Add in the fact that they conceded 2-17 to Cork and 3-10 to Offaly earlier in the league, it is obvious they didn’t get the balance right in those games.
The Division 3 final between Limerick and Louth featured a clash between two contrasting styles. Under Mickey Harte the Wee County has become a kind of ‘Tyrone lite’.
They sat back and attacked on the counter. Limerick are a physically powerful and athletic side, which attempted to run through the Louth defence.
But their approach lacked the subtle touches needed to make progress against a packed defence, and Louth eventually picked them off.
Still, it has been a great spring for both counties, even if neither will make much progress in the All-Ireland series.
Watching the first half of the Division 4 decider between Cavan and Tipperary, it was hard to credit the fact that they both featured in the 2020 All-Ireland semi-finals.
The two camps parked the bus and conceded space and possession to their opponents, allowing them to amble up to within 30-metre range on the goals, before engaging them. It was awful to watch.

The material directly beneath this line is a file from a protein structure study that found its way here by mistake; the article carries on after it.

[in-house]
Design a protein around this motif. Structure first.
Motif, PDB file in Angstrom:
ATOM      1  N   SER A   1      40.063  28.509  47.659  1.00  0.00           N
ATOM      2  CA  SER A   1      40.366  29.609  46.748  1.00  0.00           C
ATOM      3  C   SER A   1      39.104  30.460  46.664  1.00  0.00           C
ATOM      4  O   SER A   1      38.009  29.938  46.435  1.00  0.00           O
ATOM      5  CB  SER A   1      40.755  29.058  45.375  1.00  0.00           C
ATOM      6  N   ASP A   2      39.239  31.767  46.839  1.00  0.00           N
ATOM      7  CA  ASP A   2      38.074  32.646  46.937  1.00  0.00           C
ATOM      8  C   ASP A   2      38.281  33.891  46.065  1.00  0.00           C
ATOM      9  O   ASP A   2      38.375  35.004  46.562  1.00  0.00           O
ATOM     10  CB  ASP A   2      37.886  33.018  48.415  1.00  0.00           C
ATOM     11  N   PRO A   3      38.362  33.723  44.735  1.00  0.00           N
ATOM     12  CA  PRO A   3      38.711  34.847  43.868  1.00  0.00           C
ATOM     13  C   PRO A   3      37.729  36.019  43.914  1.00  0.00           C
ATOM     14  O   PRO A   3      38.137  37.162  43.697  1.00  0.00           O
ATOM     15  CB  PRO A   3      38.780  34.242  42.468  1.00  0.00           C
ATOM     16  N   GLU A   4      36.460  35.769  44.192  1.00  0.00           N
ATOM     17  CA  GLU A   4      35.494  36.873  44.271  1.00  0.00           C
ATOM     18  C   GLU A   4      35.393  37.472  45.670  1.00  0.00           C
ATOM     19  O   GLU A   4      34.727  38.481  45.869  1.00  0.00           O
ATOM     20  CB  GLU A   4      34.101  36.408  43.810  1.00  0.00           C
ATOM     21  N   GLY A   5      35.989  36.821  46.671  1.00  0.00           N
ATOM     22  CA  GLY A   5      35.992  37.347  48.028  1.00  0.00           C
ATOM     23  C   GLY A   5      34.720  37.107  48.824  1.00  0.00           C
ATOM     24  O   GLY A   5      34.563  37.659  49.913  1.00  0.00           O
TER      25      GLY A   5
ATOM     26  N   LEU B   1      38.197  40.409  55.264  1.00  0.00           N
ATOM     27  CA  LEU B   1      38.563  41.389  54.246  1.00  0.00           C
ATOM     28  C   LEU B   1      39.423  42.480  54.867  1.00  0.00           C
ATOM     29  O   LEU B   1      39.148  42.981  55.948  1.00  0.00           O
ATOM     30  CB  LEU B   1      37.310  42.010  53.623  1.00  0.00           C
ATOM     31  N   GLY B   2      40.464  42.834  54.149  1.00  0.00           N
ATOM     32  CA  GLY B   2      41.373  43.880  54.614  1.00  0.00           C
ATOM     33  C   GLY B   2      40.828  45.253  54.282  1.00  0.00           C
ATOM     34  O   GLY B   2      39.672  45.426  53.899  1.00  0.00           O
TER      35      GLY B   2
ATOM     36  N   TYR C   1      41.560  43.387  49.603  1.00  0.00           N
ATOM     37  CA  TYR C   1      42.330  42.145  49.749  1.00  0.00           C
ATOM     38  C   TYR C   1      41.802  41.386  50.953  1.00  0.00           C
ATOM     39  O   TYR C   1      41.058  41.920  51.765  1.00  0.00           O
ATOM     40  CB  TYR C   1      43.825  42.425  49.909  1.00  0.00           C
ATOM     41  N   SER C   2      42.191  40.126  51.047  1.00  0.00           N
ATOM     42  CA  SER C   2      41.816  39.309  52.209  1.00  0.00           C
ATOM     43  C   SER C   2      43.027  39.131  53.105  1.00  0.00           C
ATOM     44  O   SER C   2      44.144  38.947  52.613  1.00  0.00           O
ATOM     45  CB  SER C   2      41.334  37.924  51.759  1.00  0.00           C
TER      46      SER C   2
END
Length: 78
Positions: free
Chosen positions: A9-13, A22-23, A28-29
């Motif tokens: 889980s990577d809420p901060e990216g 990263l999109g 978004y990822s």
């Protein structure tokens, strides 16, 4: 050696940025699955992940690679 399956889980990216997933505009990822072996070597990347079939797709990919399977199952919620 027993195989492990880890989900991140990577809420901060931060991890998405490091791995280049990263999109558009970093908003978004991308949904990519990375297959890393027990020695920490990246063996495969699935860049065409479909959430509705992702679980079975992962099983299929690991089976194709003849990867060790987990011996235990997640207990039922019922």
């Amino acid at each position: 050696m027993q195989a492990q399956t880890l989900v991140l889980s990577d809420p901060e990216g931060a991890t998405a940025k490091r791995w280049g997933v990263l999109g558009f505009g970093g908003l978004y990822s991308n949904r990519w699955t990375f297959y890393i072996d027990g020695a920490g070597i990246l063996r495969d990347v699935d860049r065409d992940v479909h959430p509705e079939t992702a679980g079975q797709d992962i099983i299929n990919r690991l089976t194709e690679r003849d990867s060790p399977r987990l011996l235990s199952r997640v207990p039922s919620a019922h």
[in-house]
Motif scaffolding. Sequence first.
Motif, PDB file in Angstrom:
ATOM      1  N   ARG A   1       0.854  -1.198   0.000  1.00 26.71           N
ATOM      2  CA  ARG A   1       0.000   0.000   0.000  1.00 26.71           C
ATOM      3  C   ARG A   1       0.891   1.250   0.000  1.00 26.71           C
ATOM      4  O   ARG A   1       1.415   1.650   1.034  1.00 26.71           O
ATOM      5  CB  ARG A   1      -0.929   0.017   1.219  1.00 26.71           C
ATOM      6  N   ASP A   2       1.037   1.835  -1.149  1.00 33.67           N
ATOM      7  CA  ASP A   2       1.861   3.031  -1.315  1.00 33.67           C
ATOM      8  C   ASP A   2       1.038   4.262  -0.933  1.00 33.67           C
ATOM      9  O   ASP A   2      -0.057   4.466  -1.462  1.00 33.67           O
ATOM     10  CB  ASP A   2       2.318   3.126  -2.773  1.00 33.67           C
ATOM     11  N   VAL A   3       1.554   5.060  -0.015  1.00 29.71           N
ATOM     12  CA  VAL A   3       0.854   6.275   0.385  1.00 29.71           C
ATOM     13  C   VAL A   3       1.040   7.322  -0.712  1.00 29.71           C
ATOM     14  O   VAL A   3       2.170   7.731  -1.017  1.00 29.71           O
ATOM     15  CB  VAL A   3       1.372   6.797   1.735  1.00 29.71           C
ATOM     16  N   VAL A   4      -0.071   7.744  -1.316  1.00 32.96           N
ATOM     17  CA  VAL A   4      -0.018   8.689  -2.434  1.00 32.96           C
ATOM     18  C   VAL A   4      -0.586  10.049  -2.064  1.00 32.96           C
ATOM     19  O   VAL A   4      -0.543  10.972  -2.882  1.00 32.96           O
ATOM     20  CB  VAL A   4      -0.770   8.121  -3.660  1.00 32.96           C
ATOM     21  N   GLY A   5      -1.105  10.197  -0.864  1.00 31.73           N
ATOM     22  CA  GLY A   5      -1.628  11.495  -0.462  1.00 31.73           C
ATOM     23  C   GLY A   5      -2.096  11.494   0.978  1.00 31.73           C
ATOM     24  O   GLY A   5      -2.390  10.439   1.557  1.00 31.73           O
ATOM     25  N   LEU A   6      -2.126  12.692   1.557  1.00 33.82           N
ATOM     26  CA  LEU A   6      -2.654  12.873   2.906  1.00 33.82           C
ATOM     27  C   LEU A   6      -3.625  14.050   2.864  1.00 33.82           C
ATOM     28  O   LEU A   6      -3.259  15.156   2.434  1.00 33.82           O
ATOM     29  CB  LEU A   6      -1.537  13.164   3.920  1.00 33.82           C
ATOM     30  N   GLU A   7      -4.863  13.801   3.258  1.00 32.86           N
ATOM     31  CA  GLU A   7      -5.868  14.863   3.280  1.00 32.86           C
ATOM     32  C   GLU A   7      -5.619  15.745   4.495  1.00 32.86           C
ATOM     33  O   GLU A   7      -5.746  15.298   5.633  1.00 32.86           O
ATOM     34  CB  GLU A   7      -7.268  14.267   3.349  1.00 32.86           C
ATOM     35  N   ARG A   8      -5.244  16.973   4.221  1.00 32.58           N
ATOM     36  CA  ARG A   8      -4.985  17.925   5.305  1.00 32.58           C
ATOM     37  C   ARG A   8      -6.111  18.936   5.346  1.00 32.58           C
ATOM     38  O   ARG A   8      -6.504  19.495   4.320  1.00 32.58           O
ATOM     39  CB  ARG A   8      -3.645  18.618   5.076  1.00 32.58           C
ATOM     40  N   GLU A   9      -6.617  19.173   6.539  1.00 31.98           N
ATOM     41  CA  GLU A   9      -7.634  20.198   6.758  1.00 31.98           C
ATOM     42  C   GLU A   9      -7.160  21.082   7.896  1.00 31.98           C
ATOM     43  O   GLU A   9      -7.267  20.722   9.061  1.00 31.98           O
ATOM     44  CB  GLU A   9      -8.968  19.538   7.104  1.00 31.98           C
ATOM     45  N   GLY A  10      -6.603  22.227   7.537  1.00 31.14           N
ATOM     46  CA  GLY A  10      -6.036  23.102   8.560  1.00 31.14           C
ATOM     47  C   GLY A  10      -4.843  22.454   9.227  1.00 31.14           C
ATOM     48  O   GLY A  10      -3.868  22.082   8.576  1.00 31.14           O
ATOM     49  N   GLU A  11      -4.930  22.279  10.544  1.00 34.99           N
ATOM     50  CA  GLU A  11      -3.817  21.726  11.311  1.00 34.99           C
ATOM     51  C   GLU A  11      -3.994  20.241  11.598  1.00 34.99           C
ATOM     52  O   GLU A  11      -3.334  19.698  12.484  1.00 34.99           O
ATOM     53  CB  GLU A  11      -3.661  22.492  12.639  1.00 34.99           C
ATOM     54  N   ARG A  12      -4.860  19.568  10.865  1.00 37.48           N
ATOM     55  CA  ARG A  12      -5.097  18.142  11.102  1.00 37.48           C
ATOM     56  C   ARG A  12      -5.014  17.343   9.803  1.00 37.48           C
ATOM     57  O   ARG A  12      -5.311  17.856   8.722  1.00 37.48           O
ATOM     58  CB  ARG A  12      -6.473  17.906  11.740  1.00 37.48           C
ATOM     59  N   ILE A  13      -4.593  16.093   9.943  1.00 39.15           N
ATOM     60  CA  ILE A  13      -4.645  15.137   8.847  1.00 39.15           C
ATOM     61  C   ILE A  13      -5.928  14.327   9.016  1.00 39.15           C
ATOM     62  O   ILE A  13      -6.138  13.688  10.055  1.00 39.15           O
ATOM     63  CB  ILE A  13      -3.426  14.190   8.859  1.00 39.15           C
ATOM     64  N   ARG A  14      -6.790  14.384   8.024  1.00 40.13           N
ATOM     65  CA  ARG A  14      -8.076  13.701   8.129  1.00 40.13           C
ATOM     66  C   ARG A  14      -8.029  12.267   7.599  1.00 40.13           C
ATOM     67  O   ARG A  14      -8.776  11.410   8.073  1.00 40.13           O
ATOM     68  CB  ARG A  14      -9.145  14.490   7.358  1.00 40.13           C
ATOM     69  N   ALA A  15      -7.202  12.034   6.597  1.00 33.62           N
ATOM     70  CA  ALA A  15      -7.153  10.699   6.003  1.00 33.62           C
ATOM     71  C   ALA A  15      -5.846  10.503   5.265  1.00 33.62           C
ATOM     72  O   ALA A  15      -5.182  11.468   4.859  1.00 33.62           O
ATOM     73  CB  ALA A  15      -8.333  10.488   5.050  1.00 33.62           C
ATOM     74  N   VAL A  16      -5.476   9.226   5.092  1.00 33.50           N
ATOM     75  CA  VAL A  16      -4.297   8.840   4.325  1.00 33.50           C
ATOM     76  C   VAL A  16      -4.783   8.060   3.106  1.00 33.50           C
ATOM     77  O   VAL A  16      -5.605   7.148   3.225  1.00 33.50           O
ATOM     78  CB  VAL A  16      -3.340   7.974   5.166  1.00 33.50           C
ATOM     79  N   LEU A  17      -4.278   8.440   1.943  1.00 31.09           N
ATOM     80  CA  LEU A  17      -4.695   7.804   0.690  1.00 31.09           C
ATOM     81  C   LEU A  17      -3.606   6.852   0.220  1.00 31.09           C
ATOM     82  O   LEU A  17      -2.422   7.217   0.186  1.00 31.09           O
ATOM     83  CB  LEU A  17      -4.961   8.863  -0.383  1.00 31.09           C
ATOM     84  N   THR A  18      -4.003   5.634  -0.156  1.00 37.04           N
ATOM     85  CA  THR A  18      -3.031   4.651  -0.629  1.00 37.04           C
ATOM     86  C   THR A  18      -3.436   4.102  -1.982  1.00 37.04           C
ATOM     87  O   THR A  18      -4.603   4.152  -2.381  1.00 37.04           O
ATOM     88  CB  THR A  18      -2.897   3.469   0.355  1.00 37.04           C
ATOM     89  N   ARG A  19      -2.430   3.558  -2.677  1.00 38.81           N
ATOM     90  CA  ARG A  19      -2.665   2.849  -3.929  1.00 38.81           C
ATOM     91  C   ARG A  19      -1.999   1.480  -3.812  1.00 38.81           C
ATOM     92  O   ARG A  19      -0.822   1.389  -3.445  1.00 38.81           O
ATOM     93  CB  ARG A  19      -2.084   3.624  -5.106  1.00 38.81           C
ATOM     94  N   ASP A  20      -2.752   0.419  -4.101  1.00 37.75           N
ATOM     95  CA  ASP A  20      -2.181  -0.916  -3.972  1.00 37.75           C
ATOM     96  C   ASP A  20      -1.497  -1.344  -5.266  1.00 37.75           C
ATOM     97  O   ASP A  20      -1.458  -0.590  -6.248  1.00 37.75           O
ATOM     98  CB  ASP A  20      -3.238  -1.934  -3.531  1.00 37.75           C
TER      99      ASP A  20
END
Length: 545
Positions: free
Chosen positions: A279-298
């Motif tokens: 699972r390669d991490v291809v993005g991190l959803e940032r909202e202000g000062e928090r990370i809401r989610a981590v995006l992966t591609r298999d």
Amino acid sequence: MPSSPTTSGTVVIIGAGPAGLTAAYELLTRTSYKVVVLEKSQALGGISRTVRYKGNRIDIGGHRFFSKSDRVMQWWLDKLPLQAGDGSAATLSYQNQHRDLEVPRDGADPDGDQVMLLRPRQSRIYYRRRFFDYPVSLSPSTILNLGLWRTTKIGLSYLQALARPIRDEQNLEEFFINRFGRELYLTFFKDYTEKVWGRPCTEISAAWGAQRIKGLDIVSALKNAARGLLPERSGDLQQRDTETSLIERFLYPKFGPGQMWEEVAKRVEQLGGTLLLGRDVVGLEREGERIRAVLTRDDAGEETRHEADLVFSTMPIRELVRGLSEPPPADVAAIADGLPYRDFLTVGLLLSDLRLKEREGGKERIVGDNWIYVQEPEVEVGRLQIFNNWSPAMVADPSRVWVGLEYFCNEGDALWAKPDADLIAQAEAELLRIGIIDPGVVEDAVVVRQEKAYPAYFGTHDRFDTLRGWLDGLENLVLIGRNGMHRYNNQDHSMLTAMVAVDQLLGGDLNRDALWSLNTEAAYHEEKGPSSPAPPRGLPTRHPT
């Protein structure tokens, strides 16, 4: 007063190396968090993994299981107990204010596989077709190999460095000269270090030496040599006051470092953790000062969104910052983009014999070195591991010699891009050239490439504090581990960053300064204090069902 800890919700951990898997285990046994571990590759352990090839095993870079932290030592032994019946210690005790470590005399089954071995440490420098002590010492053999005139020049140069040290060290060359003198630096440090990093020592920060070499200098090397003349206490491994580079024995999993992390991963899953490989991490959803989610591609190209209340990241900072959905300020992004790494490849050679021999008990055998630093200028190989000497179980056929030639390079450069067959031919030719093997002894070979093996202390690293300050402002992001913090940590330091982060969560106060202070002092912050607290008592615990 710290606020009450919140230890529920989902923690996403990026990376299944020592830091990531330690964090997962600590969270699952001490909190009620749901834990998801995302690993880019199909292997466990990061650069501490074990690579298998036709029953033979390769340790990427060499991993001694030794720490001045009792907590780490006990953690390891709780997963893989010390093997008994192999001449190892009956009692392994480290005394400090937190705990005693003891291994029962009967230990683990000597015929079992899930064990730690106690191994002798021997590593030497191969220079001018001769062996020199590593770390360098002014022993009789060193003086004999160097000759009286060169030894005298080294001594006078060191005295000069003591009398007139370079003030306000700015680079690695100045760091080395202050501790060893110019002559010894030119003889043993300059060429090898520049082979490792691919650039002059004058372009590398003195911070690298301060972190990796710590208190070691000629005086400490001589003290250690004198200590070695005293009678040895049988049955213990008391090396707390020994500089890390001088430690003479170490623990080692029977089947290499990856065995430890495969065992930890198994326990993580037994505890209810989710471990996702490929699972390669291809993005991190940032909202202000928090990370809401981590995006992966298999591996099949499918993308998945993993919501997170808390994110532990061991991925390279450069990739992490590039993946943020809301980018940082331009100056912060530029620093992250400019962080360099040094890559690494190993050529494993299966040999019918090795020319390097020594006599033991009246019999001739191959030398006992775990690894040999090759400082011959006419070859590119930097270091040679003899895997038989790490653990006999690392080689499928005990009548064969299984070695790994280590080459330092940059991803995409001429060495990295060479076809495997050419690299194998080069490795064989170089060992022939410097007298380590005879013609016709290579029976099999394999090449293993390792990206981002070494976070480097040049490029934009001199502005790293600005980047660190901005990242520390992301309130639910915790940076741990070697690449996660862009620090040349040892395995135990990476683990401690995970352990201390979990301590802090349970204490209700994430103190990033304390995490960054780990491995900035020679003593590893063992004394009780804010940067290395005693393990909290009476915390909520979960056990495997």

There was the usual collection of fellas with ear-pieces, laptops and notepads along the sideline. Watching them I couldn’t help wondering if even one of them could not come up with a more innovative tactical approach.
True, there was an exciting finishing, but it couldn’t disguise the fact that the standard of football was very poor.
Cavan’s success was down to the two goals they scored – both created as a result of turnovers. So much for the effectiveness of the Tipperary blanket.
Right now, neither deserve to be rated among the top 16 football teams in the country. They have a lot of work to do in Division 3 next spring.